It’s not uncommon to try to categorize schools as elementary, middle, and high schools. This is a considerable simplification. Here’s a visualization of the grades each of the 1,818 NYC public schools are designed to serve:
It takes two schools to make one vertical pixel here. (There are 23 PK-6 schools, if that helps with scale.) There are 51 unique configurations. There’s a lot going on.
Note in particular the diversity of schools serving very young students – the so-called “early childhood” schools – at the top. Also note that NYC has three schools that will eventually serve students in grades 9-14, at the bottom there. The divide between schools that do and don’t offer pre-kindergarten programs is interesting as well. (Public pre-kindergarten is also offered by some non-school entities in NYC, not shown here.)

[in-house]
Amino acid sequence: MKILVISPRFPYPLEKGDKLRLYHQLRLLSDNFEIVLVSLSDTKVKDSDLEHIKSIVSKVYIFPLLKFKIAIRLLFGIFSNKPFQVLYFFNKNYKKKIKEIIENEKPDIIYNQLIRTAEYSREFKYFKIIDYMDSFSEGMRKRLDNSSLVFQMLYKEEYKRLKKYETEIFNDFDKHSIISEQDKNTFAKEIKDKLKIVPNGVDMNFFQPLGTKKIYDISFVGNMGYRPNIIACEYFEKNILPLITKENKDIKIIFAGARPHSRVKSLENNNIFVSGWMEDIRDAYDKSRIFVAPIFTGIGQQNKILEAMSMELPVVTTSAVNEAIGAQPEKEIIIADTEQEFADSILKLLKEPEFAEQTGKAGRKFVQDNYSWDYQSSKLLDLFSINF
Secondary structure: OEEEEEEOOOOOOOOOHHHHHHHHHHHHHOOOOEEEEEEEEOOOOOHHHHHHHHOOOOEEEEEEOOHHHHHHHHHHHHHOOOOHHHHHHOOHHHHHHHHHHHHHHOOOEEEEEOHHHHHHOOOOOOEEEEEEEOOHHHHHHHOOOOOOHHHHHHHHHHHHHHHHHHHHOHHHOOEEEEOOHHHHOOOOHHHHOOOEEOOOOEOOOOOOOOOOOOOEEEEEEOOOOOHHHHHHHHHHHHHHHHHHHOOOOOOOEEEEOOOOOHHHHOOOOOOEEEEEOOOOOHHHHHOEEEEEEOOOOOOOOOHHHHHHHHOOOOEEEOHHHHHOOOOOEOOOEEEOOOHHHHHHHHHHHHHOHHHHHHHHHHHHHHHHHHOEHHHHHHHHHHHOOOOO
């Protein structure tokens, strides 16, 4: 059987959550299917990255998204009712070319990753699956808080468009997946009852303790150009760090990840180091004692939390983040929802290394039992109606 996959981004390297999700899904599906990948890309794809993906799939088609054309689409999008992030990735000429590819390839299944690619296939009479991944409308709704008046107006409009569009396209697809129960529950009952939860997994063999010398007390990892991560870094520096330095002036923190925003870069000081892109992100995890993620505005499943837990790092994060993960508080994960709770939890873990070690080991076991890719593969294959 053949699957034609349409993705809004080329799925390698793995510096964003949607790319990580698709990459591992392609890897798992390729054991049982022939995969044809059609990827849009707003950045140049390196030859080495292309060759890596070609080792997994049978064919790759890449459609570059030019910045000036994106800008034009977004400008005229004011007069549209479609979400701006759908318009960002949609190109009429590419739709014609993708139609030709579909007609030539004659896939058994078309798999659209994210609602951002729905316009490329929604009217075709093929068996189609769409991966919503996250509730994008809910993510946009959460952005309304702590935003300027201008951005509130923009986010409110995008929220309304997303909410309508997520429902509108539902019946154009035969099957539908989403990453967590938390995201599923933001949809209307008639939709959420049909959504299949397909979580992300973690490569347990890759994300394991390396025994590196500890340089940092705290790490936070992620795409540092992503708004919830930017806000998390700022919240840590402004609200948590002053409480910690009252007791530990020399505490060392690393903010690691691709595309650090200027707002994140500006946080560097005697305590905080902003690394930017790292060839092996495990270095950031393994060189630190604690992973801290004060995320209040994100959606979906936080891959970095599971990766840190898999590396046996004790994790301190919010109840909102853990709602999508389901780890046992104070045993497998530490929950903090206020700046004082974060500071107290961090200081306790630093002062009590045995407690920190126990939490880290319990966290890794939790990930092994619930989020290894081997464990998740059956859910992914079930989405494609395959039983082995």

I think it makes more sense to do academic analysis at the grade level rather than the school level. Going directly to the student level would be better still.
The image is based on data from the 2013-10-13 NYC LCGMS file, looking at the “Grades Final” column, which should represent all the grades each school is designed to serve. (The “Grades” column represents grades actually served this year, and shows considerably more variety, since schools are “phasing in” and “phasing out” in New York.) Made with R.